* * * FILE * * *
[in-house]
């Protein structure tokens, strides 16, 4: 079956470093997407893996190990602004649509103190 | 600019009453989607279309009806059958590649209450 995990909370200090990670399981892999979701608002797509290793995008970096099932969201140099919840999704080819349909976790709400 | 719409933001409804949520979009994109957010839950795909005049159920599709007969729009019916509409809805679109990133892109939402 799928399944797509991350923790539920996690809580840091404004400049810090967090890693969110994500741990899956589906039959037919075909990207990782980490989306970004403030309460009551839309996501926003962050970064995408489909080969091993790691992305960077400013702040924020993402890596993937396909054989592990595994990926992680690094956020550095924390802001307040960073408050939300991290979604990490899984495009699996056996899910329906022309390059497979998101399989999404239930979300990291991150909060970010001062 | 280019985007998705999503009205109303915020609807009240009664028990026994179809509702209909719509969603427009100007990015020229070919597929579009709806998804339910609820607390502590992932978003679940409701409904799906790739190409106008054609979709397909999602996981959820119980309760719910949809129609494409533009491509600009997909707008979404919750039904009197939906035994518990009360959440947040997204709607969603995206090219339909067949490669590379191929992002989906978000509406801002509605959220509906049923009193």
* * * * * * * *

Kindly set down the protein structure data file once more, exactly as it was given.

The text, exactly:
[in-house]
């Protein structure tokens, strides 16, 4: 079956470093997407893996190990602004649509103190 | 600019009453989607279309009806059958590649209450 995990909370200090990670399981892999979701608002797509290793995008970096099932969201140099919840999704080819349909976790709400 | 719409933001409804949520979009994109957010839950795909005049159920599709007969729009019916509409809805679109990133892109939402 799928399944797509991350923790539920996690809580840091404004400049810090967090890693969110994500741990899956589906039959037919075909990207990782980490989306970004403030309460009551839309996501926003962050970064995408489909080969091993790691992305960077400013702040924020993402890596993937396909054989592990595994990926992680690094956020550095924390802001307040960073408050939300991290979604990490899984495009699996056996899910329906022309390059497979998101399989999404239930979300990291991150909060970010001062 | 280019985007998705999503009205109303915020609807009240009664028990026994179809509702209909719509969603427009100007990015020229070919597929579009709806998804339910609820607390502590992932978003679940409701409904799906790739190409106008054609979709397909999602996981959820119980309760719910949809129609494409533009491509600009997909707008979404919750039904009197939906035994518990009360959440947040997204709607969603995206090219339909067949490669590379191929992002989906978000509406801002509605959220509906049923009193």